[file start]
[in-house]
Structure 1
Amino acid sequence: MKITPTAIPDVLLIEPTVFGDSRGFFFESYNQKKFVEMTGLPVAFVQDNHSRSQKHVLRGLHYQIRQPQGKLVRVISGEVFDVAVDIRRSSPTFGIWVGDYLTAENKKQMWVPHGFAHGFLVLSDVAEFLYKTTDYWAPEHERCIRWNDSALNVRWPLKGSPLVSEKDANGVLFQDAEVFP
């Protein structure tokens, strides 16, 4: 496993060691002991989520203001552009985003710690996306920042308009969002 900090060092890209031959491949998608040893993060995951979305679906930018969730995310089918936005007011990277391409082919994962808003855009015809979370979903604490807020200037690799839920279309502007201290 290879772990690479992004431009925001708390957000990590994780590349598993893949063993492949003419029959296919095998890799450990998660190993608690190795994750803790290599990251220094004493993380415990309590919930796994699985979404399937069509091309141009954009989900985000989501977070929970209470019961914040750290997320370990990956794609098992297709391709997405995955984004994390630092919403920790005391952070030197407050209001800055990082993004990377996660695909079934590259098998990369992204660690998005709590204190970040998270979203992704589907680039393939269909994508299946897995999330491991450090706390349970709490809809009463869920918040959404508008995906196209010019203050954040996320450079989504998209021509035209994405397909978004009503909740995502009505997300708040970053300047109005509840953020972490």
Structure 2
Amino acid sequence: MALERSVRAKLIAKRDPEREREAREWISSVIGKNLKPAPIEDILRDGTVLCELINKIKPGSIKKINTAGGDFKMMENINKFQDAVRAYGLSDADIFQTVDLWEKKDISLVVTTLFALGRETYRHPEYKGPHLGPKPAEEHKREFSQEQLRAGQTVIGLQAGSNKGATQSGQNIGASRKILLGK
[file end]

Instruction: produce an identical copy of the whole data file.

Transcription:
[in-house]
Structure 1
Amino acid sequence: MKITPTAIPDVLLIEPTVFGDSRGFFFESYNQKKFVEMTGLPVAFVQDNHSRSQKHVLRGLHYQIRQPQGKLVRVISGEVFDVAVDIRRSSPTFGIWVGDYLTAENKKQMWVPHGFAHGFLVLSDVAEFLYKTTDYWAPEHERCIRWNDSALNVRWPLKGSPLVSEKDANGVLFQDAEVFP
């Protein structure tokens, strides 16, 4: 496993060691002991989520203001552009985003710690996306920042308009969002 900090060092890209031959491949998608040893993060995951979305679906930018969730995310089918936005007011990277391409082919994962808003855009015809979370979903604490807020200037690799839920279309502007201290 290879772990690479992004431009925001708390957000990590994780590349598993893949063993492949003419029959296919095998890799450990998660190993608690190795994750803790290599990251220094004493993380415990309590919930796994699985979404399937069509091309141009954009989900985000989501977070929970209470019961914040750290997320370990990956794609098992297709391709997405995955984004994390630092919403920790005391952070030197407050209001800055990082993004990377996660695909079934590259098998990369992204660690998005709590204190970040998270979203992704589907680039393939269909994508299946897995999330491991450090706390349970709490809809009463869920918040959404508008995906196209010019203050954040996320450079989504998209021509035209994405397909978004009503909740995502009505997300708040970053300047109005509840953020972490």
Structure 2
Amino acid sequence: MALERSVRAKLIAKRDPEREREAREWISSVIGKNLKPAPIEDILRDGTVLCELINKIKPGSIKKINTAGGDFKMMENINKFQDAVRAYGLSDADIFQTVDLWEKKDISLVVTTLFALGRETYRHPEYKGPHLGPKPAEEHKREFSQEQLRAGQTVIGLQAGSNKGATQSGQNIGASRKILLGK